Delusional beliefs

Delusions are defined as beliefs in psychiatric diagnostic criteria (for example in the Diagnostic and Statistical Manual of Mental Disorders). Psychiatrist and historian G. E. Berrios has challenged the view that delusions are genuine beliefs and instead labels them as "empty speech acts", where affected persons are motivated to express false or bizarre belief statements due to an underlying psychological disturbance. However, the majority of mental health professionals and researchers treat delusions as if they were genuine beliefs.
Richard Dawkins, Sam Harris, and a number of other critics of religion have proposed the idea that many (if not most) faith-based religious beliefs are actually delusional beliefs. Some critics of atheism disagree with this view of religious beliefs. John P. Koster (The Atheist Syndrome), R.C. Sproul (If There is a God Why are There Atheists), Ravi Zacharias (The Real Face of Atheism), Alister McGrath (The Twilight of Atheism), and Paul Vitz (The Psychology of Atheism) have all argued the contrary to one degree or another.
In Lewis Carroll's Alice Through the Looking Glass, the White Queen says, "Why, sometimes I've believed as many as six impossible things before breakfast." This is often quoted in mockery of the common ability of people to entertain beliefs contrary to fact.

Limiting beliefs

The term limiting belief is used for a belief that inhibits exploration of a wider cognitive space than would otherwise be the case. Examples of limiting beliefs are seen both in animals and people. These may be strongly held beliefs, or held unconsciously, and are often tied in with self-image or perceptions about the world. Everyday examples of limiting beliefs:
  • That one has specific capabilities, roles, or traits which cannot be escaped or changed.
  • That one cannot succeed so there is no point committing to trying.
  • That a particular opinion is right; therefore, there is no point considering other viewpoints.
  • That a particular action or result is the only way to resolve a problem.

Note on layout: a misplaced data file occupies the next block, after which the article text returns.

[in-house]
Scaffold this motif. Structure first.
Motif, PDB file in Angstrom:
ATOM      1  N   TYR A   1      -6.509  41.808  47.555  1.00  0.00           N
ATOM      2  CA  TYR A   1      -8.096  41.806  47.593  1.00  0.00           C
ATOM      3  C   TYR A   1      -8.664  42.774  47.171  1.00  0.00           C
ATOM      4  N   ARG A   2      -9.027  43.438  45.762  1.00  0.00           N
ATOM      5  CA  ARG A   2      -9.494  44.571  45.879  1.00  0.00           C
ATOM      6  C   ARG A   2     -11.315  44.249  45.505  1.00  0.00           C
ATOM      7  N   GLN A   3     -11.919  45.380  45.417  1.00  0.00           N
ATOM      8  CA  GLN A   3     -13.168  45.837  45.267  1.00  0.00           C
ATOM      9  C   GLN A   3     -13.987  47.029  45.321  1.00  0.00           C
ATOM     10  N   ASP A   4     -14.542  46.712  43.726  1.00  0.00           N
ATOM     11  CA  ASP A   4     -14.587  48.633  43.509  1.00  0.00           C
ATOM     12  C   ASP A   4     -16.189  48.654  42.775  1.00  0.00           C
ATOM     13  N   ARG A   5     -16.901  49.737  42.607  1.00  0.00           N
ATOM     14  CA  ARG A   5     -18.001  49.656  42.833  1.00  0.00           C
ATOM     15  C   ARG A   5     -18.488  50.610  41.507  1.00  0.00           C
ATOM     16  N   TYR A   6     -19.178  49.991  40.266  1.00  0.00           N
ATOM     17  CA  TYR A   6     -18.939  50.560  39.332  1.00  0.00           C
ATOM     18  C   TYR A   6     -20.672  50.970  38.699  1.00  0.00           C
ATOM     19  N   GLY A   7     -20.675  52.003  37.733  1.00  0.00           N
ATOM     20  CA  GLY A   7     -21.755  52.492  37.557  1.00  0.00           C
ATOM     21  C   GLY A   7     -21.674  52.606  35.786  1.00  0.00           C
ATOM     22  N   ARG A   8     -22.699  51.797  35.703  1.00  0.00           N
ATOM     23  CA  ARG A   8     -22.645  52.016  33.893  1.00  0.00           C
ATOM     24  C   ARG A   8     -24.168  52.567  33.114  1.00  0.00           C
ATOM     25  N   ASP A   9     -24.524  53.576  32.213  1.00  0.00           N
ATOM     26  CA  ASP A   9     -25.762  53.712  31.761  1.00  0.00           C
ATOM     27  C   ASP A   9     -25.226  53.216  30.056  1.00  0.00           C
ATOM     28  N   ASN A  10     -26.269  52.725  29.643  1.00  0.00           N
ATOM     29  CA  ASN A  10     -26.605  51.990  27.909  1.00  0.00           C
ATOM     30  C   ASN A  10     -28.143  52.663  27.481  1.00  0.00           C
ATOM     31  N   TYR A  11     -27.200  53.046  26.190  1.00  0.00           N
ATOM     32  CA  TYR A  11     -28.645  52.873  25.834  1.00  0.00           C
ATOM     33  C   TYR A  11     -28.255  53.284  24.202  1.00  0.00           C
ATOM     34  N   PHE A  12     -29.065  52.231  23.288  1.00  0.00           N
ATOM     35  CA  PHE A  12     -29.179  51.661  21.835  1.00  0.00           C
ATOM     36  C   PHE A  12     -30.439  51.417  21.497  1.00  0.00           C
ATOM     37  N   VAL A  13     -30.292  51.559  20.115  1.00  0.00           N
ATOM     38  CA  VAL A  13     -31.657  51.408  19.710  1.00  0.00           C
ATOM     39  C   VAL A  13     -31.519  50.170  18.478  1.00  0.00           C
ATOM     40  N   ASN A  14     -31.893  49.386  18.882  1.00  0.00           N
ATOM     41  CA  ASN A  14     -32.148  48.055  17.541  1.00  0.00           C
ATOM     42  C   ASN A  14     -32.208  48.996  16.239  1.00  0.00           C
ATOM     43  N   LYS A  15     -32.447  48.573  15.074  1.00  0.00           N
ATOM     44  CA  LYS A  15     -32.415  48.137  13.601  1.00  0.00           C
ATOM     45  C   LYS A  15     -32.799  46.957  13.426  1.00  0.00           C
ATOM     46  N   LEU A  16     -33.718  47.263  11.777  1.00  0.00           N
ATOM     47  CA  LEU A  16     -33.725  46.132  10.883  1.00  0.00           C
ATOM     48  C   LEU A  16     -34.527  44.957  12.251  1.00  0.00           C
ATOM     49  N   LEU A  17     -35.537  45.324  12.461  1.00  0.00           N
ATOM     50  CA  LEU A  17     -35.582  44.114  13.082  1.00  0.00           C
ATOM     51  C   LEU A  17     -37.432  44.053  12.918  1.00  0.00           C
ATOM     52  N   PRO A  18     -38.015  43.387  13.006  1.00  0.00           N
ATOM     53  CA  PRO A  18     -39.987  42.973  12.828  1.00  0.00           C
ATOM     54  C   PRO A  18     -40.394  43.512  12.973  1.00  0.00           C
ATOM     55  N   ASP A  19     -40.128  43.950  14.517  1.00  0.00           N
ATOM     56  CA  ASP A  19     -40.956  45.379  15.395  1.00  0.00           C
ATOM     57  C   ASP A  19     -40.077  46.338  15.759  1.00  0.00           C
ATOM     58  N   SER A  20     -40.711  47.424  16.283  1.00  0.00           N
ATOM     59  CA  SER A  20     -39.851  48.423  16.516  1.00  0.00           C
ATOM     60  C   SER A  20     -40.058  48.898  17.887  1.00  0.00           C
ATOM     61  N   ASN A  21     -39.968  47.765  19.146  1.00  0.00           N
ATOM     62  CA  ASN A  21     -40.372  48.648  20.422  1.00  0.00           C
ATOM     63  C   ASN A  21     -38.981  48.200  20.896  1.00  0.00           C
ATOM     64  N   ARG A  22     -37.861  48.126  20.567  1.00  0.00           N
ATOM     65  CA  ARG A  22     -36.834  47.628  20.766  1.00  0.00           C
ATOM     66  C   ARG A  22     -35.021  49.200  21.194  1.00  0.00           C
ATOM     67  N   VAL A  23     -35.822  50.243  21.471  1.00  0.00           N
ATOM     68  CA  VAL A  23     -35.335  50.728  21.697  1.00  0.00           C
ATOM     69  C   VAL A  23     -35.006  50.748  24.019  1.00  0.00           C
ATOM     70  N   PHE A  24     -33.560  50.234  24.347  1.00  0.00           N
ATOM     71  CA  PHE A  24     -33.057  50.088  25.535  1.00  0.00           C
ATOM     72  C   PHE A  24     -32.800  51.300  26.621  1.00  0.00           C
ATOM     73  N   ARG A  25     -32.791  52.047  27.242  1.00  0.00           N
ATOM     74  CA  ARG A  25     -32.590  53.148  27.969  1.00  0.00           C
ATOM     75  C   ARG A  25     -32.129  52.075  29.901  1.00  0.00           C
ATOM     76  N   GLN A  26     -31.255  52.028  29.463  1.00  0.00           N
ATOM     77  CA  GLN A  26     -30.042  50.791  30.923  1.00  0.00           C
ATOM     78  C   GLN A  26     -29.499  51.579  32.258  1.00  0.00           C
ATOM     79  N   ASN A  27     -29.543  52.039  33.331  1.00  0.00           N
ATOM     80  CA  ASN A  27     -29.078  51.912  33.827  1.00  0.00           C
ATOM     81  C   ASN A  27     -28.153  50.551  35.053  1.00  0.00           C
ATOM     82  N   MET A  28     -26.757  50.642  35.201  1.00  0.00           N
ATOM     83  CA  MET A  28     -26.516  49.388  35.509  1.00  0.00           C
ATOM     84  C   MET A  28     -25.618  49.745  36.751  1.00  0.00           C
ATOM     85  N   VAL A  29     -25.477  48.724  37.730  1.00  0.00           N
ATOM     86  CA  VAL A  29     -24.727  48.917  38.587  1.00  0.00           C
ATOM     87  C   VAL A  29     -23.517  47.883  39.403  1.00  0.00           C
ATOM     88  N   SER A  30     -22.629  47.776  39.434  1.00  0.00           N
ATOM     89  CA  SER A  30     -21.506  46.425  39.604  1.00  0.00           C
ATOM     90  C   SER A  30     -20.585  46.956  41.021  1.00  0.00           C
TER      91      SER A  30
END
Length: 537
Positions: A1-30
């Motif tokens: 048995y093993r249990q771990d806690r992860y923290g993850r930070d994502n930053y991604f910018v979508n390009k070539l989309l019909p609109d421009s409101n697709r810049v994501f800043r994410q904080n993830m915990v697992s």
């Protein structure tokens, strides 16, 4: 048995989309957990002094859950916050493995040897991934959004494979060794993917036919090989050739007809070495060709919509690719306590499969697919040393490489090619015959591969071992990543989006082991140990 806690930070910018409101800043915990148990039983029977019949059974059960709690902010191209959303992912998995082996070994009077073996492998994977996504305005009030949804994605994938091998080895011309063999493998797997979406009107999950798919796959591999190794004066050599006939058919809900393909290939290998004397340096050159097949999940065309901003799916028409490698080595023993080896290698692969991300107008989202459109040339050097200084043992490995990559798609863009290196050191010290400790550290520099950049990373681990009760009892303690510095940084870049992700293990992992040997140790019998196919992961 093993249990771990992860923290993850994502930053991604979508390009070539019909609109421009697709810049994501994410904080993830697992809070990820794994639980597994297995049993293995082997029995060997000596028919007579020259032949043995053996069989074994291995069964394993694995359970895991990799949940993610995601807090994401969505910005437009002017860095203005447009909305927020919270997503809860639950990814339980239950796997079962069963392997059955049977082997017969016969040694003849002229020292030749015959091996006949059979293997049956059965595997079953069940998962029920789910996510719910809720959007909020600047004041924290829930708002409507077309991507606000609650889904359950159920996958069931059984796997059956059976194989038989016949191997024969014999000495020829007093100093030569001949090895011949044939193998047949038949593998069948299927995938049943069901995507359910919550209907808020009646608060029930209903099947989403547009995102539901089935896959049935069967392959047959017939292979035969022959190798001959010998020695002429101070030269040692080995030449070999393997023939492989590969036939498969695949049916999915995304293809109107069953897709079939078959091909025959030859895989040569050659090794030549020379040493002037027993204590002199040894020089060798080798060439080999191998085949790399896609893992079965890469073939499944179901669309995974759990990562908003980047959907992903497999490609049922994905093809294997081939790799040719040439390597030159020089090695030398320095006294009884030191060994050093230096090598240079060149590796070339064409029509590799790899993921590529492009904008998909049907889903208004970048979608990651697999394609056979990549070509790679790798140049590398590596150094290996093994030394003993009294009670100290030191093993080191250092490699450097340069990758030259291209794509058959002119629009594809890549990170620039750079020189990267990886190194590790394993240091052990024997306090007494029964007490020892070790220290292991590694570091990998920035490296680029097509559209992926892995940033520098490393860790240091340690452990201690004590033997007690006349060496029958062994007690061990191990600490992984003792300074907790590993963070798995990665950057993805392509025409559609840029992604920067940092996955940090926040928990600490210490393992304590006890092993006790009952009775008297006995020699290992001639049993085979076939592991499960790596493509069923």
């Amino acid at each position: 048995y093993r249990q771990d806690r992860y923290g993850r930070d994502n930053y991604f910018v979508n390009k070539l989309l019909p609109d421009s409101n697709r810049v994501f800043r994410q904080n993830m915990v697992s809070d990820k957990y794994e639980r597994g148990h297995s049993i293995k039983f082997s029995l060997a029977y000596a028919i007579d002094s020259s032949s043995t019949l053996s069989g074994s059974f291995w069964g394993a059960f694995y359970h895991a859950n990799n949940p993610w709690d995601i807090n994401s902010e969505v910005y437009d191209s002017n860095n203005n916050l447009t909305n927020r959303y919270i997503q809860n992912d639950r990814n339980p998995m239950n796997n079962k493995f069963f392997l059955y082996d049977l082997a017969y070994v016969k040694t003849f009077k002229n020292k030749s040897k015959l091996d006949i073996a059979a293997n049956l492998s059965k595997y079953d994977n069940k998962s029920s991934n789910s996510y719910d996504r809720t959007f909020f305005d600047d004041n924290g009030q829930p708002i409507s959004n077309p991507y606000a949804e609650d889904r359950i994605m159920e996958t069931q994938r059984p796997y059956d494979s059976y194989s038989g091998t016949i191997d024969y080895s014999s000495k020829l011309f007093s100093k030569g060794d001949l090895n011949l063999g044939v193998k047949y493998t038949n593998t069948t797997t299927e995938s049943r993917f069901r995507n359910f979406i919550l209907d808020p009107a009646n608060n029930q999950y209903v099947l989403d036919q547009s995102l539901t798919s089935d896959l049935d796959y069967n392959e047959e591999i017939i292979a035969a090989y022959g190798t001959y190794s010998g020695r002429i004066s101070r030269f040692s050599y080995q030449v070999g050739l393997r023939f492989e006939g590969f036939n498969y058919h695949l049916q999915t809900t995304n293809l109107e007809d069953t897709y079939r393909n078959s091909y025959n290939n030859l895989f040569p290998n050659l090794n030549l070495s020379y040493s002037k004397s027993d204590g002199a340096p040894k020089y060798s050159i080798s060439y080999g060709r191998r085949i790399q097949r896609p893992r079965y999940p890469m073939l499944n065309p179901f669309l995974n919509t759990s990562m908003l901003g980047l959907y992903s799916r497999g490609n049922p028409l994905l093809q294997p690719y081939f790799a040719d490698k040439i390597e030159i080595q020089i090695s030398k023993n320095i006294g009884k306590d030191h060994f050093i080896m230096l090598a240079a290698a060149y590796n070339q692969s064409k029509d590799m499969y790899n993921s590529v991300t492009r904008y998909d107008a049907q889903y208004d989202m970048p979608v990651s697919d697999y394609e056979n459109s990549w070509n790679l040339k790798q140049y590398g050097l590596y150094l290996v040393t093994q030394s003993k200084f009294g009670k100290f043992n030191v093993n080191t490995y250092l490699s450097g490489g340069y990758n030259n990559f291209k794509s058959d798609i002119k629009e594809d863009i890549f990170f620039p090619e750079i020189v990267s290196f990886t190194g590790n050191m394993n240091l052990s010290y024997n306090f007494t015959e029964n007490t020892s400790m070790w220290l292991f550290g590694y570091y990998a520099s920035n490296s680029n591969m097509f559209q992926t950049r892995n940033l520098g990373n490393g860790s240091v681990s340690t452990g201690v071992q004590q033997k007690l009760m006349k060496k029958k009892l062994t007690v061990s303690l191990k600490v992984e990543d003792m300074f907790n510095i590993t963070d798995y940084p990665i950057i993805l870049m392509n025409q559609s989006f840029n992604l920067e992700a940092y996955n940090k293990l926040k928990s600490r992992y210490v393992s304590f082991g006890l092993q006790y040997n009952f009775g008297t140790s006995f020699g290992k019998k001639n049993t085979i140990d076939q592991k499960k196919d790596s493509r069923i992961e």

Spiritual

To believe something is to hold a thought or opinion based upon evidence or an experience admittedly not assumed to be common among all people. The existence of evidence that causes one to believe is often intangible and may or may not be based in fact.
The action of believing someone might be based upon history, trust, and experience that might not be readily available to everyone. Because each individual has the potential to experience life uniquely, it is necessary to develop the art of believing in order to relate to other people, places, or things. Without the ability to believe, it would be impossible to experience in any form a place you have never been. For example: just because we have never been to Mars doesn’t mean that most of us don’t believe that it is there.
  • Believing is the action of sharing unique and personal experience; i.e., this pie is great, you should try it.
  • Believing is relating to someone or something outside of your self; i.e., You say it was horribly cold outside? How awful!
  • Believing is the development of relationships between you and a desired result; i.e., "If I want to be president someday, I must study hard, make lots of friends, and hide all of the evidence."
  • Believing is the assumption or recognition of existing relationships, i.e, a relationship between a sailor and the sea.
Two control modifiers that accompany the concept of believing are “skeptic” and “gullible”. These two concepts are the “pipe and valve” of believing. To be completely gullible is to believe everything. To be completely skeptical is to believe nothing.